2019 PROSPERO

50. Perioperative and anesthesia-related cardiac arrest and mortality rates in a developing country: systematic review with proportion meta-analysis

Perioperative and anesthesia-related cardiac arrest and mortality rates in a developing country: systematic review with proportion meta-analysis Print | PDF PROSPERO This information has been provided by the named contact for this review. CRD has accepted this information in good faith and registered the review in PROSPERO. The registrant confirms that the information supplied for this submission is accurate and complete. CRD bears no responsibility or liability for the content (...) ruler software. In case data are not reported or unclear, we will attempt to contact authors by e-mail (max. 2 attempts). In case an outcome is measured at multiple time points, data from the time point where efficacy is highest will be included. ">Methods for data extraction Example: Experimental groups, control group(s) and number of animals per group. ">Data to be extracted: study design Example: Species, sex, weight, age, co‐morbidity, anaesthetic agent used, method of induction of cardiac

2019 PROSPERO

51. Prediction of neurological outcome in comatose survivors of cardiac arrest: a systematic review and meta-analysis

Prediction of neurological outcome in comatose survivors of cardiac arrest: a systematic review and meta-analysis Print | PDF PROSPERO This information has been provided by the named contact for this review. CRD has accepted this information in good faith and registered the review in PROSPERO. The registrant confirms that the information supplied for this submission is accurate and complete. CRD bears no responsibility or liability for the content of this registration record, any associated (...) are not reported or unclear, we will attempt to contact authors by e-mail (max. 2 attempts). In case an outcome is measured at multiple time points, data from the time point where efficacy is highest will be included. ">Methods for data extraction Example: Experimental groups, control group(s) and number of animals per group. ">Data to be extracted: study design Example: Species, sex, weight, age, co‐morbidity, anaesthetic agent used, method of induction of cardiac ischemia, duration of ischemia and duration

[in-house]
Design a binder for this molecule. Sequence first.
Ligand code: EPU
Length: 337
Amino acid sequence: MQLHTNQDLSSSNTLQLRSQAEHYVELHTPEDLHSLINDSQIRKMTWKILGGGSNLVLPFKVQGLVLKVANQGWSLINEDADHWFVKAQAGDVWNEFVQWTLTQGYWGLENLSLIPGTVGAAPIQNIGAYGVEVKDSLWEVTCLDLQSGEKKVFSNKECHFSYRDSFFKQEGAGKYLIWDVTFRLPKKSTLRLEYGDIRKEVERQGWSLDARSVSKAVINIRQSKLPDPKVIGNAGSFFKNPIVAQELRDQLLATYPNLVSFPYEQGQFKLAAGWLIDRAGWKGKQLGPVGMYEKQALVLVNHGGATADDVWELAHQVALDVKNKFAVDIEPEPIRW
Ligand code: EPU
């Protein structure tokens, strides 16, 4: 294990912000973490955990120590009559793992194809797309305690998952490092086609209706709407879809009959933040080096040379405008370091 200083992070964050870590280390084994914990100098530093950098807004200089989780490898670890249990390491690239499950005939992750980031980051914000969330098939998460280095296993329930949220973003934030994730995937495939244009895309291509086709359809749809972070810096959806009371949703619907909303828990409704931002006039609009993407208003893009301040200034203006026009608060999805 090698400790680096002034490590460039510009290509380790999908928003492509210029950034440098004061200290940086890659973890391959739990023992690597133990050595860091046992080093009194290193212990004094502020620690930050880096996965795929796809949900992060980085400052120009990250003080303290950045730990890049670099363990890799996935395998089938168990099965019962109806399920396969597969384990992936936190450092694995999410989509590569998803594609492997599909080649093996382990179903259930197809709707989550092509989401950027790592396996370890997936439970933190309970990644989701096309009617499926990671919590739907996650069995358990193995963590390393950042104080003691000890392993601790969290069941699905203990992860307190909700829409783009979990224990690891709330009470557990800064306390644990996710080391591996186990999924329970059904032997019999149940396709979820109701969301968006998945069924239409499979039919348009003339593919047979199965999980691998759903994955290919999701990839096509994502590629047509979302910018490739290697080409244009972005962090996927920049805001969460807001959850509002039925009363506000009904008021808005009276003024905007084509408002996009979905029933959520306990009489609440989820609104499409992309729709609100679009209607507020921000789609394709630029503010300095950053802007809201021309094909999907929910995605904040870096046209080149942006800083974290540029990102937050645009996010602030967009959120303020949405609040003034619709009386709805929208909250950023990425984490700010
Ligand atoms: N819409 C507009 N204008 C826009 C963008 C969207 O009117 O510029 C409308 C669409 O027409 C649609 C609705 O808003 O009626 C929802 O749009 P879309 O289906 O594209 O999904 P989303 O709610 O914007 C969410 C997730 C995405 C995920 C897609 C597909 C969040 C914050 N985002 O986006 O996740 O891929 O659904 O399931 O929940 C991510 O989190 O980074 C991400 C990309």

2019 PROSPERO

52. Therapeutic hypothermia after paediatric cardiac arrest: Pooled randomized controlled trials

Therapeutic hypothermia after paediatric cardiac arrest: Pooled randomized controlled trials Separate trials to evaluate therapeutic hypothermia after paediatric cardiac arrest for out-of-hospital and in-hospital settings reported no statistically significant differences in survival with favourable neurobehavioral outcome or safety compared to therapeutic normothermia. However, larger sample sizes might detect smaller clinical effects. Our aim was to pool data from identically conducted trials (...) of blood-product use, infection, and serious cardiac arrhythmia adverse events, and 28-day mortality, did not differ between groups.Analysis of combined data from two paediatric cardiac arrest targeted temperature management trials including both in-hospital and out-of-hospital cases revealed that hypothermia, as compared with normothermia, did not confer a significant benefit in survival with favourable functional outcome at one year.Copyright © 2018 Elsevier B.V. All rights reserved.

2018 EvidenceUpdates

53. Incidence, outcomes and guideline compliance of out-of-hospital maternal cardiac arrest resuscitations: A population-based cohort study

Incidence, outcomes and guideline compliance of out-of-hospital maternal cardiac arrest resuscitations: A population-based cohort study Incidence and survival rates after cardiac arrest among pregnant women are reported for in-hospital cardiac arrests; the incidence and outcomes of maternal out-of-hospital cardiac arrest (OHCA) are unknown. Current cardiopulmonary resuscitation guidelines contain recommendations specific to this population; compliance with these has not been investigated.To

2018 EvidenceUpdates

54. Which Compression-to-Ventilation Ratio Yields Better Cardiac Arrest Outcomes? (SRS therapy)

Which Compression-to-Ventilation Ratio Yields Better Cardiac Arrest Outcomes? (SRS therapy) TAKE-HOME MESSAGE Continuous compressions with asynchronous ventilations and a compression-to- ventilation ratio of 30:2 resulted in improved outcomes in adults in cardiopulmonary arrest, whereas either 30:2 or 15:2 improved outcomes in children. Which Compression-to-Ventilation Ratio Yields Better Cardiac Arrest Outcomes? EBEM Commentators Dhimitri A. Nikolla, DO Jestin N. Carlson, MD, MS Department (...) evidence has suggested harm from long pauses in chest compressions, 1,2 greater emphasis has been placed on bystander compression-only CPR and continuous-compression CPR by out-of-hospital providers. 3 In addition, hyperventilation may negatively affect outcomes. 4,5 As such, there is equipoise in regard to the ideal compression-to- ventilation ratio in cardiac arrest, and limited high-quality data exist. The study by Nichol et al 6 comparing continuous- compression CPR to 30:2 CPR represents

2018 Annals of Emergency Medicine Systematic Review Snapshots

55. Does Spontaneous Cardiac Motion, Identified With Point-of-Care Echocardiography During Cardiac Arrest, Predict Survival? (SRS prognosis)